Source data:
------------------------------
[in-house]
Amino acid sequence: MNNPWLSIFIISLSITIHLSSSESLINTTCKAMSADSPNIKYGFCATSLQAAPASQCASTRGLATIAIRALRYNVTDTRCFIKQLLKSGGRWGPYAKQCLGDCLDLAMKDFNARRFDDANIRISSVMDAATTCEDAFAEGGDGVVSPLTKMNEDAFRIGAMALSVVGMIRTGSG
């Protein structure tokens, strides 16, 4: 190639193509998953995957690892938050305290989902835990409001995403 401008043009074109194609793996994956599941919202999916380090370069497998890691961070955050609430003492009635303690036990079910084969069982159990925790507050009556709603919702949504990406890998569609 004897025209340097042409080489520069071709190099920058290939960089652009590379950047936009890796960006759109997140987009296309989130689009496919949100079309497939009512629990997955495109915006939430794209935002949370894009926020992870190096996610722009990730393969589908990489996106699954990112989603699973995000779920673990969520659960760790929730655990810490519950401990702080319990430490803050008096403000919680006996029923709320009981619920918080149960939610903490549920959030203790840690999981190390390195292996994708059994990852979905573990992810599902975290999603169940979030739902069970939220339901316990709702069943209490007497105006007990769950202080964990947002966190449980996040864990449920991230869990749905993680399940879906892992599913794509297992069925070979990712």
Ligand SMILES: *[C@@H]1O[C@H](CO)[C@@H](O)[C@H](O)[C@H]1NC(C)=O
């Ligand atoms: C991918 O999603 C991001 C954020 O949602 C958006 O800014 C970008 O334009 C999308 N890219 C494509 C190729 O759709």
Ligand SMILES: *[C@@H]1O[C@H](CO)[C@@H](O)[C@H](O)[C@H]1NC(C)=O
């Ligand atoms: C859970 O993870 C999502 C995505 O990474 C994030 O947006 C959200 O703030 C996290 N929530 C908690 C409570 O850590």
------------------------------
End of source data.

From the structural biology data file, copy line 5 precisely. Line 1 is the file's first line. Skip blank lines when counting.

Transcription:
């Ligand atoms: C991918 O999603 C991001 C954020 O949602 C958006 O800014 C970008 O334009 C999308 N890219 C494509 C190729 O759709």